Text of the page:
Three Tricks to make Termination Obvious

Two weeks ago I spent some time implementing Wadler's "Prettier Printer". The implementation is fairly straightforward except for three functions that are not seen as terminating. Here are the three tricks that made them go through.

Wadler's paper introduces a Doc datatype abstractly representing documents in terms of raw strings, indentation, newlines, concatenation but also alternatives of subdocuments. Semantically, alternatives are used to offer two different layouts of the same underlying content. Various functions manipulate these documents; they may introduce alternatives when it's too early to make a decision or get rid of them e.g. once the maximum width of the final document is known.

Using Vec rather than List

The first problem shows up with the fill function which turns a list of documents into a document by trying to fill the lines as much as possible. If the list is less than one element long, the strategy to adopt is evident. In case it's longer, the algorithm calls flatten to collapse documents onto one line and offers two alternatives: the one where they have been made to fit and another one where a newline has been inserted.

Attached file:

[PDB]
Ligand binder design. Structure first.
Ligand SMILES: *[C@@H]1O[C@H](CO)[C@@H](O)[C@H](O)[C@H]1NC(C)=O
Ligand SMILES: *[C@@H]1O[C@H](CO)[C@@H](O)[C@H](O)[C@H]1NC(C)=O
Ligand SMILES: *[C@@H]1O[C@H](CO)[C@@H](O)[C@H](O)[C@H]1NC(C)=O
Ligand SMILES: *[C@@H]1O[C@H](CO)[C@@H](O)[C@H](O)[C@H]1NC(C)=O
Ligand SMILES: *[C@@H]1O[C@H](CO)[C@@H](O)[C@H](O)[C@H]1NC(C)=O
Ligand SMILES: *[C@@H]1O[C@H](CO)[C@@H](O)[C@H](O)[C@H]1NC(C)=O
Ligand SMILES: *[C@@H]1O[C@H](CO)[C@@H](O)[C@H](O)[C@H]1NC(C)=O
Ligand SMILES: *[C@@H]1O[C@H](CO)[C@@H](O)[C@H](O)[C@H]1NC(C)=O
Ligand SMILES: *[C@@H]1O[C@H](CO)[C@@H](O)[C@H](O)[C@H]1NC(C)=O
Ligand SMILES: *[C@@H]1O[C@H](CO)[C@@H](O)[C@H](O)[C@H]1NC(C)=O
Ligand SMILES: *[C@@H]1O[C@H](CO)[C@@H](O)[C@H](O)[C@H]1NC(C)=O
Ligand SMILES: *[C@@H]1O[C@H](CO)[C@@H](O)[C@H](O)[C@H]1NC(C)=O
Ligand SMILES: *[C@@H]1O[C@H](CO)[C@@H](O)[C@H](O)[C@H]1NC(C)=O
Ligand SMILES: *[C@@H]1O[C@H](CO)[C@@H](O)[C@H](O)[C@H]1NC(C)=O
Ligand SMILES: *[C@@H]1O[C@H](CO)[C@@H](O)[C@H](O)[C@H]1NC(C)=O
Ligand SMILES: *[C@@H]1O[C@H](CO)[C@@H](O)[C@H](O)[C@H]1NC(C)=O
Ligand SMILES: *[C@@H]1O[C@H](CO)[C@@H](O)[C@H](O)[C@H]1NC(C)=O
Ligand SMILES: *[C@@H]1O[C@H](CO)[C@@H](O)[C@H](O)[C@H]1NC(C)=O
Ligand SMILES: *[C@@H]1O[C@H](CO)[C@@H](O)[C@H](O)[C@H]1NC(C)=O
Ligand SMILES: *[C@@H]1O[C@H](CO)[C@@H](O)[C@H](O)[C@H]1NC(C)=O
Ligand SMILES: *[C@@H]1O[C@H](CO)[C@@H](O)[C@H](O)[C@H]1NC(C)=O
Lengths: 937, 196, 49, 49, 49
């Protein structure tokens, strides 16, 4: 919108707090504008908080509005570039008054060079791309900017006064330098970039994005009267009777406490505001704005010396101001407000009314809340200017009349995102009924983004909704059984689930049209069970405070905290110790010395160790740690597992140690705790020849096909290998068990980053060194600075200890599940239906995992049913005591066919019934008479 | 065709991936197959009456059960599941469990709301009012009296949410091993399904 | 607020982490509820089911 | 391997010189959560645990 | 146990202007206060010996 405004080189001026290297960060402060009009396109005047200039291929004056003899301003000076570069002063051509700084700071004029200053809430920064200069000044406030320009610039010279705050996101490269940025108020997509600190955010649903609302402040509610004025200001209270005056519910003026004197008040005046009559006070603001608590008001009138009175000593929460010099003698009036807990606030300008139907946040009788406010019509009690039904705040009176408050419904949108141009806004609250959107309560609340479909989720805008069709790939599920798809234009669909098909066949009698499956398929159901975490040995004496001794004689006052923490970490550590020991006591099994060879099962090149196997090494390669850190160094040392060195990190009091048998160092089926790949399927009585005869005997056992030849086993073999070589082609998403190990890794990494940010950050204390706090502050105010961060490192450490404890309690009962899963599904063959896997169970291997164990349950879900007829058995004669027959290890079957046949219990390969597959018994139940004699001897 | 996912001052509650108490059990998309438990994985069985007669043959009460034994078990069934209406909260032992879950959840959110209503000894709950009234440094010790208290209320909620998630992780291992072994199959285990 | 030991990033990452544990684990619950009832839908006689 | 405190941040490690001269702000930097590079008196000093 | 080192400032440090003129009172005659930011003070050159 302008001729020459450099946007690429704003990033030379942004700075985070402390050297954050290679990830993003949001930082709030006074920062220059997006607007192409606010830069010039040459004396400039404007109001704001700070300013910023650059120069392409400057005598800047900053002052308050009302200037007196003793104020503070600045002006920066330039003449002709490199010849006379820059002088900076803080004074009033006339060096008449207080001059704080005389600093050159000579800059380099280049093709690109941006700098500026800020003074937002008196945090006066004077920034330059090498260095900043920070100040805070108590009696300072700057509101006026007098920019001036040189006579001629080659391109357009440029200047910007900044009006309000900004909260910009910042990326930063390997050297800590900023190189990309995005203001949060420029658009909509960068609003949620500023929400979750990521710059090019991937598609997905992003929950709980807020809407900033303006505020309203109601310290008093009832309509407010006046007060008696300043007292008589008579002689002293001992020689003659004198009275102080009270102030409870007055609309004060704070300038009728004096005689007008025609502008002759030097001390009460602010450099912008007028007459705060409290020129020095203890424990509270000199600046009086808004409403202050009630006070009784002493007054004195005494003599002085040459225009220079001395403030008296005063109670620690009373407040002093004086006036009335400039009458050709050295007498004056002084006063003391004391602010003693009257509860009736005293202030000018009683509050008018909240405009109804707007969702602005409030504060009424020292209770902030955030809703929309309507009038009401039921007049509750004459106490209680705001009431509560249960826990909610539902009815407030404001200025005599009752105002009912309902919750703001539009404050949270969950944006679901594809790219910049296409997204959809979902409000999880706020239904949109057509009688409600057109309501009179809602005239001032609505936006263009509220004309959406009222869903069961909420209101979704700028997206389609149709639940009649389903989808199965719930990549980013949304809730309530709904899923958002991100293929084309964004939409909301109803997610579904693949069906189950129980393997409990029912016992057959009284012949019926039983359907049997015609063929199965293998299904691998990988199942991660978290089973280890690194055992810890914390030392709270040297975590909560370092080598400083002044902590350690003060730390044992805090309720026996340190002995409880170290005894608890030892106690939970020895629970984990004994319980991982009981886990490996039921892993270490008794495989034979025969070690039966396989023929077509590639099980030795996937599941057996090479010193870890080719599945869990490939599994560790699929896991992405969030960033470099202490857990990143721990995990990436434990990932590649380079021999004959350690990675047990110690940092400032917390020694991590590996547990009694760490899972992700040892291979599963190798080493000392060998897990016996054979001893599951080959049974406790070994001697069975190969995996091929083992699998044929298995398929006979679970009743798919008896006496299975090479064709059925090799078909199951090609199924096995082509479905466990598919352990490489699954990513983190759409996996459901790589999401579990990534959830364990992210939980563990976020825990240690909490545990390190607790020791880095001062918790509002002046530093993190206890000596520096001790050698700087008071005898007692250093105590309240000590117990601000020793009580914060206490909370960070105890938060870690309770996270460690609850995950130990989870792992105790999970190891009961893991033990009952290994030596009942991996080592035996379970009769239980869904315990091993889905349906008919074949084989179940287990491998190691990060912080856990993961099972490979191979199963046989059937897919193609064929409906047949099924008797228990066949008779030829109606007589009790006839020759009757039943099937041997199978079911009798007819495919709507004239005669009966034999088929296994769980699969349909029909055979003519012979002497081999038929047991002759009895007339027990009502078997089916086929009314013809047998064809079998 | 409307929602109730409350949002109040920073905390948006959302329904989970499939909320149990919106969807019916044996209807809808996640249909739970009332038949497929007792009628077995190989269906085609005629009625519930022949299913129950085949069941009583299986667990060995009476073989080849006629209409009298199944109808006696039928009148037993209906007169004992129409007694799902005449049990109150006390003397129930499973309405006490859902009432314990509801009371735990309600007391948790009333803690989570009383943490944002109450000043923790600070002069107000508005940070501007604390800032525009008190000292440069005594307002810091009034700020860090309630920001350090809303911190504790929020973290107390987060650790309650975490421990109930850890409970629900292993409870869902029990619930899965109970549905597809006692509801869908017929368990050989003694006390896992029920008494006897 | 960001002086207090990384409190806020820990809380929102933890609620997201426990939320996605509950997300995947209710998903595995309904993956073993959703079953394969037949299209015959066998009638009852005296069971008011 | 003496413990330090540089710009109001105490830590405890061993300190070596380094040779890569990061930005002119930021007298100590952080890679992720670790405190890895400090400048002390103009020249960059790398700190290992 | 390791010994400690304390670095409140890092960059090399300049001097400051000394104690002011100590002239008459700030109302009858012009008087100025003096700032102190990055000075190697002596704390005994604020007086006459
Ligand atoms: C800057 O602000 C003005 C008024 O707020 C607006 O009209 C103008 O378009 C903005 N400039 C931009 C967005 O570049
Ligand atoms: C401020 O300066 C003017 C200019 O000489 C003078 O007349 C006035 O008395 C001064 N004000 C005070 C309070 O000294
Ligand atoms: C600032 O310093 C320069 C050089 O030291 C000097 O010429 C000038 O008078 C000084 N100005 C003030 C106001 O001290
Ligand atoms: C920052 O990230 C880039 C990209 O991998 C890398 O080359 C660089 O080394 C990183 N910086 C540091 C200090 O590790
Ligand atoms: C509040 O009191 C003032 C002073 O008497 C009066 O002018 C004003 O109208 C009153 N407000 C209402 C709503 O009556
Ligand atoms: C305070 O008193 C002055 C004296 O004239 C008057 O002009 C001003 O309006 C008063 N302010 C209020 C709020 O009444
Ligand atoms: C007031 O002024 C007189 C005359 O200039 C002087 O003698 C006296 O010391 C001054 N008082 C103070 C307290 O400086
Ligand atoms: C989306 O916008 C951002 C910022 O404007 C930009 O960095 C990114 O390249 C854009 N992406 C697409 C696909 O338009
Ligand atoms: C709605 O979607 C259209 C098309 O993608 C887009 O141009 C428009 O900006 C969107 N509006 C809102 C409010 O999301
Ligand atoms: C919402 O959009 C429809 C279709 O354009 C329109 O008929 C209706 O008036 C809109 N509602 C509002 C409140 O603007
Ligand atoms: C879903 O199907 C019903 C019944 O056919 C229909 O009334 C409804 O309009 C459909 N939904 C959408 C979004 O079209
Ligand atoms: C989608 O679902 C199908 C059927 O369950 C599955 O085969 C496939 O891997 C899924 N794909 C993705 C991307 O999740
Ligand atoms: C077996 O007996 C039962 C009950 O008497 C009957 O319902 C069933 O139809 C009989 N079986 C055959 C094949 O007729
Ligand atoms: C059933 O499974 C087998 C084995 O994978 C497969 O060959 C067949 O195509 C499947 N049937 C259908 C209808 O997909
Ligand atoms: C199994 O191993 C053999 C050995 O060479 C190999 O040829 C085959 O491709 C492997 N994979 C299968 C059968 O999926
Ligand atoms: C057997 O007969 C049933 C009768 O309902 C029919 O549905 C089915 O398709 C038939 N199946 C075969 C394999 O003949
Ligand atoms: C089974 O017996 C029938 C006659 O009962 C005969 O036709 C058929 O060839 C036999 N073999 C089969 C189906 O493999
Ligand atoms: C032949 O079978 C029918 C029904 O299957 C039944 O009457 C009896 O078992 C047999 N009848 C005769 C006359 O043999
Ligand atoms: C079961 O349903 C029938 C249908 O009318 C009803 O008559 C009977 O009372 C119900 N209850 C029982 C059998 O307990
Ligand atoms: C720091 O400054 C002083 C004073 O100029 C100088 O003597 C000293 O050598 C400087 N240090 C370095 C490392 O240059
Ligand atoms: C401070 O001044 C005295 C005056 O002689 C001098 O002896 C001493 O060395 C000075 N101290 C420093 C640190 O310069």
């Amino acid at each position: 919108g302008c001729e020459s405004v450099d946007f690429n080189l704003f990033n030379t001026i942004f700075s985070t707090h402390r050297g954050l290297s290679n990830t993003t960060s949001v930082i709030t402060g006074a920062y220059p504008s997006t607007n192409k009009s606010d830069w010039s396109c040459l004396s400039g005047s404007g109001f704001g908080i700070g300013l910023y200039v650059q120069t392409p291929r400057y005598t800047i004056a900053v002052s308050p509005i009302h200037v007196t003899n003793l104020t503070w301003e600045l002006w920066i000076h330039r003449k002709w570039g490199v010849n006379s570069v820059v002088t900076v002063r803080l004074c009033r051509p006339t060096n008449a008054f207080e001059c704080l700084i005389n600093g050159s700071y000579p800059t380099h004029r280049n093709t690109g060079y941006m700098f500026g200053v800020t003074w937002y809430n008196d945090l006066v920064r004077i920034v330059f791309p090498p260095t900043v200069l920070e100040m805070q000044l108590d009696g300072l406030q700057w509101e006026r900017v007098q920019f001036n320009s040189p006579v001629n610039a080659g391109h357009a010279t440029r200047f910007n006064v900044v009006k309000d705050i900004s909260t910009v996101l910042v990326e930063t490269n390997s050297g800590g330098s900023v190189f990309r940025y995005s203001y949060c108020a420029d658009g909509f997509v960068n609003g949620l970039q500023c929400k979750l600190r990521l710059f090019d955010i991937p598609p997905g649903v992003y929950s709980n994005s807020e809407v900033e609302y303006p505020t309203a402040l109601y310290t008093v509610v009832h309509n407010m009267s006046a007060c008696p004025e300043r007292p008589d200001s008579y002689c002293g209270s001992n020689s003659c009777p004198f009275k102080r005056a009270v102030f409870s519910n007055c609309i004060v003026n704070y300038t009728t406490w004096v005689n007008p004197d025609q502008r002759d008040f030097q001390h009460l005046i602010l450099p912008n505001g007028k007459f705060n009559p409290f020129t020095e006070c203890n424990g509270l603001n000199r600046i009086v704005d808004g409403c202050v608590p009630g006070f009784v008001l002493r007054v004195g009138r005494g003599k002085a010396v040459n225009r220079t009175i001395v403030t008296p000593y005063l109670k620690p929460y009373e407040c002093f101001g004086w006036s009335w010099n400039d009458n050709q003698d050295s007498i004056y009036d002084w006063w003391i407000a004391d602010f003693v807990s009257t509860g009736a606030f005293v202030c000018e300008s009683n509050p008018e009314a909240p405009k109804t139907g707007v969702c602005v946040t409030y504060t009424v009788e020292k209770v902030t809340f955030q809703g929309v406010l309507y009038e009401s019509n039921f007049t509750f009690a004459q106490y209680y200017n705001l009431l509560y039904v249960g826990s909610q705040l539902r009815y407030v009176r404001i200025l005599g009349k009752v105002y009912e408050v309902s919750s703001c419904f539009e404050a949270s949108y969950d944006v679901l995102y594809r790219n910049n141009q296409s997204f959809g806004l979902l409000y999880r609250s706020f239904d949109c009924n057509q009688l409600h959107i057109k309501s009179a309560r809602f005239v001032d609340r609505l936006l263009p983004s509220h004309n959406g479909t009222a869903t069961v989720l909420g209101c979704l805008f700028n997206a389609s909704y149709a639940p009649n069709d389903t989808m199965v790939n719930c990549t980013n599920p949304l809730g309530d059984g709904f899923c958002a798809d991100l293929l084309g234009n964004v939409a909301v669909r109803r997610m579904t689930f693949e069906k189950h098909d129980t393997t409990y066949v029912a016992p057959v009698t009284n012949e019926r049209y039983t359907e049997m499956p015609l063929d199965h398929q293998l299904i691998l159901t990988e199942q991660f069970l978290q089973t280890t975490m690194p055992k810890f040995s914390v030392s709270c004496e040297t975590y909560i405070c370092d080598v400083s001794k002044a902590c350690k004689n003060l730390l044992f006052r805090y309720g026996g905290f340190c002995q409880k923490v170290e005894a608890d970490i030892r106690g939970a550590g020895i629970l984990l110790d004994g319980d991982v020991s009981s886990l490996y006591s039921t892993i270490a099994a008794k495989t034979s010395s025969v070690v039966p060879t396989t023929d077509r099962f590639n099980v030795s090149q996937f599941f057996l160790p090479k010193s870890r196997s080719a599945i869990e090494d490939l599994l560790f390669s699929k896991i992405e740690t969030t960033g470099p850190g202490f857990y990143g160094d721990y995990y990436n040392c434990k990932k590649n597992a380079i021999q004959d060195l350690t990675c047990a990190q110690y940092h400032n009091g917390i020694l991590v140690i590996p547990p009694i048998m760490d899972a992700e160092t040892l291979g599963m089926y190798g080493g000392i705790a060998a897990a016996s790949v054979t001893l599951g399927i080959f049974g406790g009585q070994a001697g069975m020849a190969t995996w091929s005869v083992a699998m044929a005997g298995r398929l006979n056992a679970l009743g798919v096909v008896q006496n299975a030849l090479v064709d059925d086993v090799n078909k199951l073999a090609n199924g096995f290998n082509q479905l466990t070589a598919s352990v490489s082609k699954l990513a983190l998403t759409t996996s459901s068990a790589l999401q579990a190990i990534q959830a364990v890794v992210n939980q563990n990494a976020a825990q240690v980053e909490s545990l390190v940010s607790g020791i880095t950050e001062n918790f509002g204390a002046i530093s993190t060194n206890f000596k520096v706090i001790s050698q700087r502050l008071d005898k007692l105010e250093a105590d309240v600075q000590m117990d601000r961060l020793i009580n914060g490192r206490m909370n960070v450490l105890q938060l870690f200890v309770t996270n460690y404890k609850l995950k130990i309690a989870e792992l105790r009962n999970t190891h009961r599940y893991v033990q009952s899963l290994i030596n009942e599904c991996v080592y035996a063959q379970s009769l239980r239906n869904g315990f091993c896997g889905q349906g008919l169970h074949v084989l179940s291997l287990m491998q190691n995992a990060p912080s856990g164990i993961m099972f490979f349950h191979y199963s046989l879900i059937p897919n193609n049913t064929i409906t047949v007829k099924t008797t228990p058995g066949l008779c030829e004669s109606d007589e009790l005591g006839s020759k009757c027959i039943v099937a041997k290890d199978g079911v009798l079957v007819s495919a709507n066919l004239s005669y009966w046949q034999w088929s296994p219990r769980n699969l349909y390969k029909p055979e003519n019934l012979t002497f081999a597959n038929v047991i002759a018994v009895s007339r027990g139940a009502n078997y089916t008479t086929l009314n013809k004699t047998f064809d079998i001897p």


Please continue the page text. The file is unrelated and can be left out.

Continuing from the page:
fill :: [Doc] -> Doc ... fill (x:y:zs) = (flatten x <+> fill (flatten y : zs)) :<|> (x </> fill (y : zs))

The issue here is that flatten y : zs is not a subterm of x:y:zs which makes the recursive call to fill look illegal. The right notion of smaller here is not "strict subterm" but rather "smaller length". This can be fixed by simply changing the type of the function to ∀ {n} → Vec Doc n → Doc thus making the termination obviously structural: if the length of x:y:zs is suc (suc n) then the length of flatten y : zs is suc n, a strict subterm!

The code is kept the same but the type has an extra invariant built in (which is threaded via implicit arguments) and that makes the termination checker happy. We can recover a top-level function with fill's type by pre-composing our replacement for it with Data.Vec.fromList.

CPS-transform algorithms using queues to store future work